Thankfully, there are no spoilers at all for the viva. The hero of the story will win. We might not know exactly how, but there are some pretty good reasons why…

Formally Informal…

…or Informally Formal?

How do we classify the viva?

  • Are there regulations that spell out that the viva is relaxed and has a format which allows for variation?
  • Or is there an understanding among everyone involved that this is serious, but that the rules are agreed on by the “community” rather than someone at the top?

Which is it? Could it be both? Or neither? Does it matter?

I think what matters is that candidates check the regulations, find out about experiences and expectations, then think about what they need to do to meet them. The classification for how formal the viva is or isn’t is just one more piece of baggage, that doesn’t help unless we know what’s really involved.

Begin With The End In Mind

I love that expression, but find it hard a lot of the time to put it into effect. Very often I’m in the middle of something before I realise the end that I’m looking for; I’m working on something I find interesting and then see what it needs to be (or what I want it to be).

I think most PhDs don’t know what the end of their research or the end of the PhD will be like until they’re somewhere in the middle. That’s fine too. You don’t need to start preparing for the viva until you’ve submitted, but once you have a sense of what you’re aiming for you can begin to steer yourself in that destination.

  • You can think about how to make your thesis better. How can you communicate your research? How can you anticipate the needs of your audience? How can you structure your thesis well?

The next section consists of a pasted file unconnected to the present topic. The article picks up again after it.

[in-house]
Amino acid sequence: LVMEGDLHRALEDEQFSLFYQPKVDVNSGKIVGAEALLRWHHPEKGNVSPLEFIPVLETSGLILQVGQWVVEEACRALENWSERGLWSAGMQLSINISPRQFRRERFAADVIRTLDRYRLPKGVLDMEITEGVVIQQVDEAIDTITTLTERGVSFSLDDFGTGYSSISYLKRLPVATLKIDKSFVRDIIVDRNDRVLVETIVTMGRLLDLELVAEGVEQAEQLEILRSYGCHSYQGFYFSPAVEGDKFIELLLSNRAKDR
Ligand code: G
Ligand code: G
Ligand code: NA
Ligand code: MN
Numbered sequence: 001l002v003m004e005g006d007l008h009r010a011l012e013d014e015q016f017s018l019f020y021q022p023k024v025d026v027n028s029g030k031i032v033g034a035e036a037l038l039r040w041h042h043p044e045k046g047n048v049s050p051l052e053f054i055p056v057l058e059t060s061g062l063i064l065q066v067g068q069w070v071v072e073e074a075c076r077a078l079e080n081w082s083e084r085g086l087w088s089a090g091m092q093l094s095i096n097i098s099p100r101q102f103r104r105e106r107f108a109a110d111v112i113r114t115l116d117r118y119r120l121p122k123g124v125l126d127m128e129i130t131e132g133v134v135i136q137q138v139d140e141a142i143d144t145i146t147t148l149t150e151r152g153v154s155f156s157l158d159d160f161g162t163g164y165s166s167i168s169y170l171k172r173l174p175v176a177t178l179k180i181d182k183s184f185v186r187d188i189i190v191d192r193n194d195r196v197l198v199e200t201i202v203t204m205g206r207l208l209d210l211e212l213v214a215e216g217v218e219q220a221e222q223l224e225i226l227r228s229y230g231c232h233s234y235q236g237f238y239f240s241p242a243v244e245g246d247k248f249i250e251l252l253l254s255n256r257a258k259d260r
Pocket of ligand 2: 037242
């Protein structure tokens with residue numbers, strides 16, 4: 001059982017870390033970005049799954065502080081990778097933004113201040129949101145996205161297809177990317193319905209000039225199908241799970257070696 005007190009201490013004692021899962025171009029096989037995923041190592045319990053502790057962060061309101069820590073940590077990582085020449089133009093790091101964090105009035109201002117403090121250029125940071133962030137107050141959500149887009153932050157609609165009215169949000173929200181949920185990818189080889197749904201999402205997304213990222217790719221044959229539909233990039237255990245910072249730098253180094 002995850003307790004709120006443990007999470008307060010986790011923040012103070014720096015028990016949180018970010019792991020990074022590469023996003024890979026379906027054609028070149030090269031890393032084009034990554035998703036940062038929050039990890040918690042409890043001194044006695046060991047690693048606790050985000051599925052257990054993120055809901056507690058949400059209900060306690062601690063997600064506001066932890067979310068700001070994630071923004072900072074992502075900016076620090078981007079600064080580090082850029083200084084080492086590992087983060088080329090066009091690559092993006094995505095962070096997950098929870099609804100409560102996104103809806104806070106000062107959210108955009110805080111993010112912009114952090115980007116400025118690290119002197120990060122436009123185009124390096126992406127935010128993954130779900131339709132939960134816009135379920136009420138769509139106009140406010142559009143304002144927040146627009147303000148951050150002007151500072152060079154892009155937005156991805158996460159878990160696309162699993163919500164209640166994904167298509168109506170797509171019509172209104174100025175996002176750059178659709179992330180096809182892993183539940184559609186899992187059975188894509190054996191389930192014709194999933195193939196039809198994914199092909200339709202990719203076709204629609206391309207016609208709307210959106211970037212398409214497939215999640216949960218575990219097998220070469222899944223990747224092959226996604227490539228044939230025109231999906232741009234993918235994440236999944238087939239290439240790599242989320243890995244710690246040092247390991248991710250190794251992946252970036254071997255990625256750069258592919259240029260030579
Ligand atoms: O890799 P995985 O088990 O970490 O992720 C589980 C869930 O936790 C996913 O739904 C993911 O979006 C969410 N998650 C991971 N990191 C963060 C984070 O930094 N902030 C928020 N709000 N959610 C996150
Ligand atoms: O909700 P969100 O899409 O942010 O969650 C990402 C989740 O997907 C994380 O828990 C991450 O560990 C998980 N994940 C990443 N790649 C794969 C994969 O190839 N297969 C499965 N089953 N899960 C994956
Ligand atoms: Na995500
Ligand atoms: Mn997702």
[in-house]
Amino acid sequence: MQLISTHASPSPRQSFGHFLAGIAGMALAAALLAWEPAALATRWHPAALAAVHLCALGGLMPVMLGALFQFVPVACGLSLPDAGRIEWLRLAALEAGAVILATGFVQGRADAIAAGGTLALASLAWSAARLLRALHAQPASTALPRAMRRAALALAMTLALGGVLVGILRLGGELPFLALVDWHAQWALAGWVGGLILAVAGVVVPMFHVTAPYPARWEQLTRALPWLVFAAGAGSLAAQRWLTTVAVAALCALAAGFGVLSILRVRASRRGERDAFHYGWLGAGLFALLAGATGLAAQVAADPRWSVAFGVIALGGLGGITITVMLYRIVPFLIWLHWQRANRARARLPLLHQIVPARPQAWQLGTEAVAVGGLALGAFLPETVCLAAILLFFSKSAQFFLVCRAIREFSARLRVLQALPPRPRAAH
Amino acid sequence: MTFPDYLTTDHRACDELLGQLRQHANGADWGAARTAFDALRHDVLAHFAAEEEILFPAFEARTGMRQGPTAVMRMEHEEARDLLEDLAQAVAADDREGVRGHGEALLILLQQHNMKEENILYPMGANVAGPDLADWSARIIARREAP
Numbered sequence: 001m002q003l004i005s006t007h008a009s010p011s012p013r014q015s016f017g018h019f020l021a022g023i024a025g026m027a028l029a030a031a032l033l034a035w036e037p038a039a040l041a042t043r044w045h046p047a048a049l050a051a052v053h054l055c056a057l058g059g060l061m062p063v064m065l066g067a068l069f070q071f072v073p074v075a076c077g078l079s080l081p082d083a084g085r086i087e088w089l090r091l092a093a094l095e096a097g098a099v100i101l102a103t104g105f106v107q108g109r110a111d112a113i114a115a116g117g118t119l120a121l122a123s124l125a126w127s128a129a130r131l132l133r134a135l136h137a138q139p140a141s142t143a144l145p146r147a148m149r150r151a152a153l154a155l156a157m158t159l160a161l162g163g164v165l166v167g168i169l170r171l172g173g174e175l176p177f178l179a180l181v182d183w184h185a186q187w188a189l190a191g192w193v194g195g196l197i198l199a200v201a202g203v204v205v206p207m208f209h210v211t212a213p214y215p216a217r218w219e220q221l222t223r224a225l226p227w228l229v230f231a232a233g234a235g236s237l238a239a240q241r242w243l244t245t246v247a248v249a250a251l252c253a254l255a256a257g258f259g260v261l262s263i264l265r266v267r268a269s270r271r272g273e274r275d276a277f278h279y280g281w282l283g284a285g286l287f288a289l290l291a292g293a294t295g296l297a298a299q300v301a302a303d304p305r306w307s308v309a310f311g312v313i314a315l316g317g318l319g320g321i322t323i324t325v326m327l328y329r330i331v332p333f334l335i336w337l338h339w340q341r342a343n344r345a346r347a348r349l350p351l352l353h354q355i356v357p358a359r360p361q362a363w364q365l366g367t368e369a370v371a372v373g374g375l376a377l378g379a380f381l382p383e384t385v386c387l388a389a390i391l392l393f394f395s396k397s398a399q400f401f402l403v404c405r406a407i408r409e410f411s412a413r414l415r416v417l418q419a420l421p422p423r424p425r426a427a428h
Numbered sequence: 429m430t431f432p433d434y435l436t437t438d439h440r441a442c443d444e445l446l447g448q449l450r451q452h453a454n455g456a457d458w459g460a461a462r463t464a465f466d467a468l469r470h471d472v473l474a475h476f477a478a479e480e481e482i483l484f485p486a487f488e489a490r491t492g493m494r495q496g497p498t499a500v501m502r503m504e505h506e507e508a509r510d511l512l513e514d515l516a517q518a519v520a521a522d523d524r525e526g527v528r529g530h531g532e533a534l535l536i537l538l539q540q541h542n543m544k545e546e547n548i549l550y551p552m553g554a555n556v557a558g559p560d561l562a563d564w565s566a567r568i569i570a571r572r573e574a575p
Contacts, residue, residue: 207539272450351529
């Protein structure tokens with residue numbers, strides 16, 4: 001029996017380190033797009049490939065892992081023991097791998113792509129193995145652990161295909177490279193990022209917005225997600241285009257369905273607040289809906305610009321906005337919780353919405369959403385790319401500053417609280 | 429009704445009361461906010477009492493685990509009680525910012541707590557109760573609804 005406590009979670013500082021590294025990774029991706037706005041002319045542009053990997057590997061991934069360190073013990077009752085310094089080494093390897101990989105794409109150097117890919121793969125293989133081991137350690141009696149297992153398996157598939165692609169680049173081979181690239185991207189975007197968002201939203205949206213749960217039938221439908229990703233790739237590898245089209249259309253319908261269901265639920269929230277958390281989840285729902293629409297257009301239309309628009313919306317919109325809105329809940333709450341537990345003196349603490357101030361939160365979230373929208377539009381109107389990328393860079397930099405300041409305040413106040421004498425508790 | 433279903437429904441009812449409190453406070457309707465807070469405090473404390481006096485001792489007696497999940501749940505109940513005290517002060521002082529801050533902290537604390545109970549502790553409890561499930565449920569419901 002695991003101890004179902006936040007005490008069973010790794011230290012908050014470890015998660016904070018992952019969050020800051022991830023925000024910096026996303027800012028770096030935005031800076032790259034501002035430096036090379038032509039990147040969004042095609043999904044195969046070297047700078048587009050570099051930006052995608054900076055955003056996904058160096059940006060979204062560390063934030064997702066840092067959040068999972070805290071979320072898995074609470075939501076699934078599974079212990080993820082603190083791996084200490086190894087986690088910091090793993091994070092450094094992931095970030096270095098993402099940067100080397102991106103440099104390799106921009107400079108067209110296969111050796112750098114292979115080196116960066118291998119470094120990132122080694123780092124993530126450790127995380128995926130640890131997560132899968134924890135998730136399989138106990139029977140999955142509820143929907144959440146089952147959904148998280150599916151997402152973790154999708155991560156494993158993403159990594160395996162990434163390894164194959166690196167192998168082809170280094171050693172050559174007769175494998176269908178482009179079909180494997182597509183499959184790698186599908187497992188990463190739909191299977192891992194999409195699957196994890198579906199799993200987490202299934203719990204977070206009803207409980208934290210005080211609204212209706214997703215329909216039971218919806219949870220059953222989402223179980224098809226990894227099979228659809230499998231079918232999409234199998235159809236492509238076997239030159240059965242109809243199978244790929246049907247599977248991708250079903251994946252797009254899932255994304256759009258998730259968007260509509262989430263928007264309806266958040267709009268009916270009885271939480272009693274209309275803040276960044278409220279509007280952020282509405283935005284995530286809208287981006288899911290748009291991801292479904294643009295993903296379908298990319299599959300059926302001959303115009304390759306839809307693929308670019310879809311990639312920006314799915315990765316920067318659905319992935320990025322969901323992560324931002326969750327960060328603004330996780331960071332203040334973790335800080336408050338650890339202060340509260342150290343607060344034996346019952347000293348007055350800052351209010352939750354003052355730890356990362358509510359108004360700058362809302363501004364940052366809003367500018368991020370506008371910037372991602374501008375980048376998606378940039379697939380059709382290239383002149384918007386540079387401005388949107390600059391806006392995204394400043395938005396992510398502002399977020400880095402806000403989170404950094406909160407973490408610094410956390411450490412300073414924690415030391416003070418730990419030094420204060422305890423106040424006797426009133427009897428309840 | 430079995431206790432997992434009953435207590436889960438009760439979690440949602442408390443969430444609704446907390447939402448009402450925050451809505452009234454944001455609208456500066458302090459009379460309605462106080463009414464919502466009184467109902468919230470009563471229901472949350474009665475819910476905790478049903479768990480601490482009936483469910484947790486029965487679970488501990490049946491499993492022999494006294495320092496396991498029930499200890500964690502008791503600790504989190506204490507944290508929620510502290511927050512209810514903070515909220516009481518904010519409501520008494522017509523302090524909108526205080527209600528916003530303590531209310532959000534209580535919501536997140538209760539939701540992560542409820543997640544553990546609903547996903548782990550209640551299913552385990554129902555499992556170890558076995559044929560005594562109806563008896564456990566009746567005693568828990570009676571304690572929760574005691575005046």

• You can find out about the viva. What are realistic expectations? What are the regulations for your university? What are vivas really like?
  • You can think about what you need to be ready for the viva. What little steps can you take? What do you need to do? What would a confident you look like?

You don’t need everything all at once. You don’t need to start preparing for the viva until your thesis is done. But once you know where you’re going you can start to lay the foundations for the end of your PhD.

Begin, in the middle, with the end in mind…

Wants & Needs For The Viva

Wants and needs are two different things, but they can be easy to confuse.

  • You might want to submit a perfect thesis, but that’s impossible. So think, what does your thesis need to have?
  • You might want the best possible examiners, but they might be busy. What do you need in a good examiner?
  • You might want to be 100% free of nerves for the viva, but how likely is that? What do you need to do to be as ready as you can be?

As your PhD comes to a close, it’s not wrong to think through all the things you want – for your thesis, for your viva prep, for the viva itself – but make sure you ask yourself, “What do I really need to do this?”